Greenbelt 2010 had it all – a celebratory party where philosophy was as important as the bands who were playing; an event which embraced adult contemplation and a childlike playfulness with equal importance. Newcomers were convinced – politician Clare Short wrote that she was “deeply impressed by the mood and spirit of the festival”, and comedian Robin Ince said “People here are very questioning, not merely of other people, but of their own thoughts and beliefs too. It’s a very thoughtful festival”.
Talks from Richard Rohr, Nicola Slee, Stanley Hauerwas, Mark Yaconelli, Peter Tatchell and the aforementioned Clare Short, alongside lively panel discussions including contributors from right across the programme, ensured that theology, political
activism, social justice, and issues of local and global importance were contemplated by huge crowds.
The breadth of the worship programme gave a huge number of other options for those looking to explore this world and any beyond it – with the new venue Abide looking at spirituality and ecology, a Mass inspired by beat poetry, a full day of jazz worship, and the Silent Pilgrimage illuminating the site with audio worship beamed to wireless headphones. And as the centrepoint of the worshipping weekend, the Sunday Communion brought the festival together in a shower of confetti, belted-out hymns, and a moving closing dedication by Kate Coleman.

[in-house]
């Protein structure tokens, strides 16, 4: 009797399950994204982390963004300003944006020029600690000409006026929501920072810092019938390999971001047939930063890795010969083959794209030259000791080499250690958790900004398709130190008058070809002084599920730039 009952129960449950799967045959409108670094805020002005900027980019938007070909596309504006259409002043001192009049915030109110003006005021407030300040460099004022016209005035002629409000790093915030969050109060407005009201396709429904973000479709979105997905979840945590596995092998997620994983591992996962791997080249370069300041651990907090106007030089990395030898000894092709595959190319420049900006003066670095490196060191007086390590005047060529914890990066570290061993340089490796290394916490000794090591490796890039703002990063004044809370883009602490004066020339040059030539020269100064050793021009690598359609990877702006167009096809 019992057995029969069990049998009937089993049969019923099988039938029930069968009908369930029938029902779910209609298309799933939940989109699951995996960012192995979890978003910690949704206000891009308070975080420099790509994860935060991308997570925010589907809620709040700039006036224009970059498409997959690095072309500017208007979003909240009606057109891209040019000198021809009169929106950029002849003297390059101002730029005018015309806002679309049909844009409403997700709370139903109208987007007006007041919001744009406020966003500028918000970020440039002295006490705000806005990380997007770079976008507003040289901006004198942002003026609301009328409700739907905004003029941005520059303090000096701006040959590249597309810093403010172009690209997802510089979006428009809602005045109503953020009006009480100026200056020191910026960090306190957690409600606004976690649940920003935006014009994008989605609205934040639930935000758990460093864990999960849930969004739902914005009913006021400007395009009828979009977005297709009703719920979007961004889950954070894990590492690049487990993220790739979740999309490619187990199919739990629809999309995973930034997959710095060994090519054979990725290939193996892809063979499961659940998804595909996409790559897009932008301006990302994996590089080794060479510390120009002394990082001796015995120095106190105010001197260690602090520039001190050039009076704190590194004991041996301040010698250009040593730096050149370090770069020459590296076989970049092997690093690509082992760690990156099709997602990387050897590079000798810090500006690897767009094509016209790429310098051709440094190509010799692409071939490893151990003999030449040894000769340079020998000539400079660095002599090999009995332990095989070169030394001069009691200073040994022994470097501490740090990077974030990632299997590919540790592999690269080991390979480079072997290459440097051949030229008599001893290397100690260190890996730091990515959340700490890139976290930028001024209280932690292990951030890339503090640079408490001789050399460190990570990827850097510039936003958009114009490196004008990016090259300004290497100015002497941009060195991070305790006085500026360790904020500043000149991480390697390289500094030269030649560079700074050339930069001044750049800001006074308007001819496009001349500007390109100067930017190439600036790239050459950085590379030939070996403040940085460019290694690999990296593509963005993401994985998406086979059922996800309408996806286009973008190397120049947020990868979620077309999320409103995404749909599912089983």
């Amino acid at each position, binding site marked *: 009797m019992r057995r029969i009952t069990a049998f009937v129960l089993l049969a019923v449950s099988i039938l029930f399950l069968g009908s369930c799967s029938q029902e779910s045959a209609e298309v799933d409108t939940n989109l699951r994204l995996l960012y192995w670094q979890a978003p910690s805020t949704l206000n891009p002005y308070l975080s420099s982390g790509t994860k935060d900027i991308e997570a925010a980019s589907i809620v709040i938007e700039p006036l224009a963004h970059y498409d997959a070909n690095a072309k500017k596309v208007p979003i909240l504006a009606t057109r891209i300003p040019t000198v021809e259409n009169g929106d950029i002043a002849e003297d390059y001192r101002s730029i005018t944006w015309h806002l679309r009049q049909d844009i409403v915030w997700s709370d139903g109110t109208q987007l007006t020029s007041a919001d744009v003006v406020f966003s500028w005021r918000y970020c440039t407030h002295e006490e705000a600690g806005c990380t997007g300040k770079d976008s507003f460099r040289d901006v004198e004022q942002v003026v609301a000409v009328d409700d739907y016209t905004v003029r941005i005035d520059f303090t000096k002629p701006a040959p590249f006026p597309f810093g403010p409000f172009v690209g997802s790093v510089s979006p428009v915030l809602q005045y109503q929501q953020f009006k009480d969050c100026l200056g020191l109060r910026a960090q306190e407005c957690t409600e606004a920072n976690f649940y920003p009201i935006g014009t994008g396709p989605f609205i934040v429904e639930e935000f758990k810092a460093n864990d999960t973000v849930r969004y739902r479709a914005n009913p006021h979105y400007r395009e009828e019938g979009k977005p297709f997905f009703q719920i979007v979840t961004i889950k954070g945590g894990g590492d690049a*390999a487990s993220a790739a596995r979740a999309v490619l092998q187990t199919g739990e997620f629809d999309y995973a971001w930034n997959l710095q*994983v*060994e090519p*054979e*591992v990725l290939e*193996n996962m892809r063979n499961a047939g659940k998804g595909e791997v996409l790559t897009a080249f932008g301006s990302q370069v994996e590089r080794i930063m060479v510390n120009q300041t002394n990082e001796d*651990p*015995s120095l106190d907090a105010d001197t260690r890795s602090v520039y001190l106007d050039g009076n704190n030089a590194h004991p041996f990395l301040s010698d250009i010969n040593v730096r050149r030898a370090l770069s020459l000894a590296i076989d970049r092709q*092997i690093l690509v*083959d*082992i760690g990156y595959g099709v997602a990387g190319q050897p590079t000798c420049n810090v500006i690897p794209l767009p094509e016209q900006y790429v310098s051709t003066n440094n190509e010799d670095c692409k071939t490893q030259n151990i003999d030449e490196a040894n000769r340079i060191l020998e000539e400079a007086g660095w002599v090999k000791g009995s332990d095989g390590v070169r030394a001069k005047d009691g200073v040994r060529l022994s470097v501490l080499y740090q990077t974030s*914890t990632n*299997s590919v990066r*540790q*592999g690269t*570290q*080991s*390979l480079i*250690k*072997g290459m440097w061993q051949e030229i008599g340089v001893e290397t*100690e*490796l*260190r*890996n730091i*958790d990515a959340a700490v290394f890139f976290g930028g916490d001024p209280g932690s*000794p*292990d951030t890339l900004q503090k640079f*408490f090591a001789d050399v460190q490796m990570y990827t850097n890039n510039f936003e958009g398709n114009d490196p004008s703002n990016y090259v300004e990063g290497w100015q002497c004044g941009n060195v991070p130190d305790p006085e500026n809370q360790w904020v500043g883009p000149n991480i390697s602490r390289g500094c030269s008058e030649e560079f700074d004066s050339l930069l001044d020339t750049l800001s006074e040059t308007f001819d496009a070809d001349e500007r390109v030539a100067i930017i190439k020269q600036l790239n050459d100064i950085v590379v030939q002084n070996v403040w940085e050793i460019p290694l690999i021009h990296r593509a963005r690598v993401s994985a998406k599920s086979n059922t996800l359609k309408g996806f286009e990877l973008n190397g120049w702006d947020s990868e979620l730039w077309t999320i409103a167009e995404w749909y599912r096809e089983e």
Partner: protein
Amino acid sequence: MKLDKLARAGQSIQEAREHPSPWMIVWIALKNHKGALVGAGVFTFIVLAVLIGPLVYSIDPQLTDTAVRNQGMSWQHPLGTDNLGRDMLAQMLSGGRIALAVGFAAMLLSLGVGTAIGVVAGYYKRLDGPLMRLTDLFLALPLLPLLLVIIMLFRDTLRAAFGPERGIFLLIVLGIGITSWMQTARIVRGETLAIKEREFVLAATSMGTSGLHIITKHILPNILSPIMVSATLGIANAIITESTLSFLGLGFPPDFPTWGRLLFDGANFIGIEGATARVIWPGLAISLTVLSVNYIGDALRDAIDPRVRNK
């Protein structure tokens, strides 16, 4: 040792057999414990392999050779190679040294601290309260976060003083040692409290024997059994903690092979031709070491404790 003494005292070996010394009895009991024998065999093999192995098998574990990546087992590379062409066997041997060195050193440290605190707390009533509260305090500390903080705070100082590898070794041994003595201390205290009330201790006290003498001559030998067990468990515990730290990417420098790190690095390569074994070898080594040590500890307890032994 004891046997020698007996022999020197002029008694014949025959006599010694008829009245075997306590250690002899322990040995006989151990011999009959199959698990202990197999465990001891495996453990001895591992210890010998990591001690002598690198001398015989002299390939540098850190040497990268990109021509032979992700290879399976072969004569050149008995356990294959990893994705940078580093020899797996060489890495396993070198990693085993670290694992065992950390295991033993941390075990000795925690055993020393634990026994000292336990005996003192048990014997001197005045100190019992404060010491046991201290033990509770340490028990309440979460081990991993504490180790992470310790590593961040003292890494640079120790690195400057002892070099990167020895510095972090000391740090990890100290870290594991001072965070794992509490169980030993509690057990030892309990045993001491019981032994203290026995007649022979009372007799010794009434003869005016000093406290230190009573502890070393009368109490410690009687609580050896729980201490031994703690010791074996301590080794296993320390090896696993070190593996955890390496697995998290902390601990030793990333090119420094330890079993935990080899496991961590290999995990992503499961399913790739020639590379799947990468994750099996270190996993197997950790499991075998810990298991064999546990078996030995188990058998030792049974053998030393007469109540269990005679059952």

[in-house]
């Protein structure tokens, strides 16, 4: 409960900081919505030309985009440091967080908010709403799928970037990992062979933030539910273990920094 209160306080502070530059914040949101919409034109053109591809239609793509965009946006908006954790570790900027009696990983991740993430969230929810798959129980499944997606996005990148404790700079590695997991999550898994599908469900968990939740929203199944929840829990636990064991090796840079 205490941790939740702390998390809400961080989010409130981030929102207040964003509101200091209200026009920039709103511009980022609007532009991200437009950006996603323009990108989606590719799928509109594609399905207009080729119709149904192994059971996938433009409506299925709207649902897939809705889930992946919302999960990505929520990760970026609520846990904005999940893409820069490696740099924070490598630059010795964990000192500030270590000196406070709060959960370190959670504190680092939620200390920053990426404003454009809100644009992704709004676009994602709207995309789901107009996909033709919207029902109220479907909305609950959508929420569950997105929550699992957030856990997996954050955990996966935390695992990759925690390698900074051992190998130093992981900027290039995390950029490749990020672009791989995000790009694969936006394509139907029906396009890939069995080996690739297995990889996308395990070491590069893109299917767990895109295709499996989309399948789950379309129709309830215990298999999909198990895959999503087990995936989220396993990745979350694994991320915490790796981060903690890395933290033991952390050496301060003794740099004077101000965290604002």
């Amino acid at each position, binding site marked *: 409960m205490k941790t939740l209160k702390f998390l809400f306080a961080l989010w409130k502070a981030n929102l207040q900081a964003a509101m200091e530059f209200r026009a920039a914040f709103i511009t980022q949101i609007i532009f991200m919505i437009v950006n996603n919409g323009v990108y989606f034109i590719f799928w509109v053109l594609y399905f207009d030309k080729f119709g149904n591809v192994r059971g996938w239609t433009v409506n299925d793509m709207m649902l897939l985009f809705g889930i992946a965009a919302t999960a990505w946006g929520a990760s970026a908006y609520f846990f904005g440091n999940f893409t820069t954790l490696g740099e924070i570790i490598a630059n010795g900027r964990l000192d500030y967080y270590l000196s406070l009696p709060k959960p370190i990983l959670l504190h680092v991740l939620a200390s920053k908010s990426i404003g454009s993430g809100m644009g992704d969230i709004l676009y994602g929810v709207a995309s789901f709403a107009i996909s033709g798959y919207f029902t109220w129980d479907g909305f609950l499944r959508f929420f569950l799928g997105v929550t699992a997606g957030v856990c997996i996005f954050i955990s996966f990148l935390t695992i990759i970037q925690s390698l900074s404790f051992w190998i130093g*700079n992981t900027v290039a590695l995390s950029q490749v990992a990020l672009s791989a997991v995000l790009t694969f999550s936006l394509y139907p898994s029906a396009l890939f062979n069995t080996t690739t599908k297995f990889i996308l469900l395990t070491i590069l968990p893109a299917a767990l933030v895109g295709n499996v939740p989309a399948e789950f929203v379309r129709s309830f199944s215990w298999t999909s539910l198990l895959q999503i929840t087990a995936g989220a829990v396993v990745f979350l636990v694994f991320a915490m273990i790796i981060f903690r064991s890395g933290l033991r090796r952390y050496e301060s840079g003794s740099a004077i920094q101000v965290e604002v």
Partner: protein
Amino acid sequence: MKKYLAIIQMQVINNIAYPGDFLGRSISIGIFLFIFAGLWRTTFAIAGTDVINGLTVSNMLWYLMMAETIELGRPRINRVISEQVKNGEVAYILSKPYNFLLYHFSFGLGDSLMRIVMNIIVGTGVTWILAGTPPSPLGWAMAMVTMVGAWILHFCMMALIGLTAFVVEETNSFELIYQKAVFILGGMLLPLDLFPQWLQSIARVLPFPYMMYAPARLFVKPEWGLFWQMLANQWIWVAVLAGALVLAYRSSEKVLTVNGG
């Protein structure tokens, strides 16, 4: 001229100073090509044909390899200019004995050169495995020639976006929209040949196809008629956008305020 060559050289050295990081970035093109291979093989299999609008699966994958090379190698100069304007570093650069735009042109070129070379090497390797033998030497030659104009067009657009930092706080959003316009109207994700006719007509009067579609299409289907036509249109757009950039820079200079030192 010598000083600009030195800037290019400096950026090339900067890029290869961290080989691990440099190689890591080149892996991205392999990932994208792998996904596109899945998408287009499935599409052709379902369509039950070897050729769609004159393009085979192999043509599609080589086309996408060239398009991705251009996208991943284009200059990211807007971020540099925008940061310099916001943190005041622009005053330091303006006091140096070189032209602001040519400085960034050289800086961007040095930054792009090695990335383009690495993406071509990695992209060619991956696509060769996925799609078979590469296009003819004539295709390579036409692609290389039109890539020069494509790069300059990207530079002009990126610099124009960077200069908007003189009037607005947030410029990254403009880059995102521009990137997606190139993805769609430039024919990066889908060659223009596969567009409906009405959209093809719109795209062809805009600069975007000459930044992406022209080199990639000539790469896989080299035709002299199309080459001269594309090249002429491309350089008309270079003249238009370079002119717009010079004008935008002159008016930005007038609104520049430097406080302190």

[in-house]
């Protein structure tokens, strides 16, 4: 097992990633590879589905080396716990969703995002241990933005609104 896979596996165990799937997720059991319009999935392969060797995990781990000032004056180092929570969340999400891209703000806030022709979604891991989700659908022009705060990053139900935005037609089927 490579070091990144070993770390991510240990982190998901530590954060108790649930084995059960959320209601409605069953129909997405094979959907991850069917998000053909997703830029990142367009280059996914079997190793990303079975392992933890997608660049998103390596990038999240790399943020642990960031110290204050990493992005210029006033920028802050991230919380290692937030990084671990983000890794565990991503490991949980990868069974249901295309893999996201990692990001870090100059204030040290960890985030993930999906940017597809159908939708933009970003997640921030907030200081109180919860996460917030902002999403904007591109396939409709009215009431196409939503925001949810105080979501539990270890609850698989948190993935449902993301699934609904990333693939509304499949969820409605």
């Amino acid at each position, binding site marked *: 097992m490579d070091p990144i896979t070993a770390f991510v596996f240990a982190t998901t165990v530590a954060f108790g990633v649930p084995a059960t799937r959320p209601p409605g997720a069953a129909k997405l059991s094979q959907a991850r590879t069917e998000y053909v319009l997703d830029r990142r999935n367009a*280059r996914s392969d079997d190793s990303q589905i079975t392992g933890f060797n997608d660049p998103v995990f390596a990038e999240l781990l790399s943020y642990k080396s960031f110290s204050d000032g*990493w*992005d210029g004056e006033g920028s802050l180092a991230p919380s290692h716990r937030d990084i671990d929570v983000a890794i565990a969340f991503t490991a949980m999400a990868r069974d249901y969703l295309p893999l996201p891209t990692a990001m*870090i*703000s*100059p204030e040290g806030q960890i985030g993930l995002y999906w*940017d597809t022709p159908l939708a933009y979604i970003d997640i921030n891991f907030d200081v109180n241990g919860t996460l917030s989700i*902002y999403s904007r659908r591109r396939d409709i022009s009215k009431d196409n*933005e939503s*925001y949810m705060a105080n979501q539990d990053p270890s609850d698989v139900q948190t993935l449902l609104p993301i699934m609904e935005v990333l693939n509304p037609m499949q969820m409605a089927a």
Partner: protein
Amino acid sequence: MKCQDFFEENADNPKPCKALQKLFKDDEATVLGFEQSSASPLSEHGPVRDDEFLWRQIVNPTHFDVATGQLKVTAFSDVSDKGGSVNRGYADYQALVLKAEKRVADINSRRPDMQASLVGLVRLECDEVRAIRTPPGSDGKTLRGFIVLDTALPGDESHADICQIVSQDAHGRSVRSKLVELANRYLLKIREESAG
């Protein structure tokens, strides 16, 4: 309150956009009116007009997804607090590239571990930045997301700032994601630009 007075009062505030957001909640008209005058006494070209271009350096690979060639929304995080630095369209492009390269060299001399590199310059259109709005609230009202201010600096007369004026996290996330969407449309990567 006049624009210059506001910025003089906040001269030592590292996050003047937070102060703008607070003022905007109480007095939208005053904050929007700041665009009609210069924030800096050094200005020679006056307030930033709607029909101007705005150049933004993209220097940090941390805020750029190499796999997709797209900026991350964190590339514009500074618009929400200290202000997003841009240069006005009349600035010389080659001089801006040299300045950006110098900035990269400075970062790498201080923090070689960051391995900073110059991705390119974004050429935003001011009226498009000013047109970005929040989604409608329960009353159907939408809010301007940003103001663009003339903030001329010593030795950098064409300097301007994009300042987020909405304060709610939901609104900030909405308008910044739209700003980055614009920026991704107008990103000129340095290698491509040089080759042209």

The Mainstage saw musical pyrotechnics as well, with the soulful power of Beverley Knight, Britpop legends Shed Seven, and the masterful talents of jazz supremo Courtney Pine leading the way. When Monday night headliner Gil Scott-Heron pulled out earlier that day, the festival looked like it might not have a suitably climactic act to round off the festival, until the combination of an extra set by multi-talented Foy Vance and
the rousing anthems of the King Blues satisfied those who had
Kept Monday Special. There was a stronger than ever lineup in the Underground, and the Performance Cafe was as special as ever, with acoustic sets from mainstage acts, and a huge raft
of new talent.
David Morrissey and Emma Wee from CAST were gently interrogated by Simon Mayo and Mark Kermode, before Mark took to the stage at the Rockabilly Grand Ball with The Dodge Brothers. Other big names included Jeremy Hardy, presenting his film about Gaza; and James Wood, Tom Hollander, and (briefly) Olivia Colman, speaking about hit sitcom Rev.
Comedy was well-served, with brilliant shows by Milton Jones, the wonderful Jude Simpson, and the irrepressible Robin Ince. Robin also appeared on a panel with a highlight from the Visual Arts programme Bobby Baker, whose exhibition of drawings was a must-see. Other notable Visual Arts exhibitions included the weird and wonderful Water Piano by Holly Yoon, plus exhibitions of photography, jewellery and craft.
The Youth programme was housed in a tented village this year, with three venues containing workshops, performances and panel discussions with speakers from the main Talks programme, plus the ever-popular Skate Park and the XLP Mobile Studio – a recording studio in the back of an old
police riot van.
The Arena was given over to all-age activities, with human table football and juggling workshops taking place alongside craft sessions and open-air dance classes.
Plus this year, for the first time, we had a dedicated TV Studio, recording clips of speakers and performers at the festival, due
to be released on the Greenbelt website over the next year.
And we haven’t even mentioned the children’s festival, classical concerts, Messy Space, yoga classes, brilliant food, and better friends; all the moments of exuberance and contemplation that makes each Greenbelt so special.